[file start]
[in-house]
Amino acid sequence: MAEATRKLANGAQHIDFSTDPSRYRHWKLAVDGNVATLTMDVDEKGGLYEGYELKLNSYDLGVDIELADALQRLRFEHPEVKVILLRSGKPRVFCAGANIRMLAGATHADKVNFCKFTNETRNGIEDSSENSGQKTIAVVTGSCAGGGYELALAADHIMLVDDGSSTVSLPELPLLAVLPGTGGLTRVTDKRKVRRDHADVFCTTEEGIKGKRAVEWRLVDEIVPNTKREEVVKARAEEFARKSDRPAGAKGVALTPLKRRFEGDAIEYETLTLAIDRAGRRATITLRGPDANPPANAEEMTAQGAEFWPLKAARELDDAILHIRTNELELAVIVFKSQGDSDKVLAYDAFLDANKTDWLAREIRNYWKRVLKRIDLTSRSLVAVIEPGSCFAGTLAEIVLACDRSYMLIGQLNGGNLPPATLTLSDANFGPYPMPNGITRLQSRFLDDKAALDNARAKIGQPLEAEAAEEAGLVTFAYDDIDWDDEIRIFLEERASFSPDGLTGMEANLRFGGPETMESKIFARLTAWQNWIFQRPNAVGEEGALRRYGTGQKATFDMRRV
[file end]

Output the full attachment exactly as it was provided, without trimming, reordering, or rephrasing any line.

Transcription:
[in-house]
Amino acid sequence: MAEATRKLANGAQHIDFSTDPSRYRHWKLAVDGNVATLTMDVDEKGGLYEGYELKLNSYDLGVDIELADALQRLRFEHPEVKVILLRSGKPRVFCAGANIRMLAGATHADKVNFCKFTNETRNGIEDSSENSGQKTIAVVTGSCAGGGYELALAADHIMLVDDGSSTVSLPELPLLAVLPGTGGLTRVTDKRKVRRDHADVFCTTEEGIKGKRAVEWRLVDEIVPNTKREEVVKARAEEFARKSDRPAGAKGVALTPLKRRFEGDAIEYETLTLAIDRAGRRATITLRGPDANPPANAEEMTAQGAEFWPLKAARELDDAILHIRTNELELAVIVFKSQGDSDKVLAYDAFLDANKTDWLAREIRNYWKRVLKRIDLTSRSLVAVIEPGSCFAGTLAEIVLACDRSYMLIGQLNGGNLPPATLTLSDANFGPYPMPNGITRLQSRFLDDKAALDNARAKIGQPLEAEAAEEAGLVTFAYDDIDWDDEIRIFLEERASFSPDGLTGMEANLRFGGPETMESKIFARLTAWQNWIFQRPNAVGEEGALRRYGTGQKATFDMRRV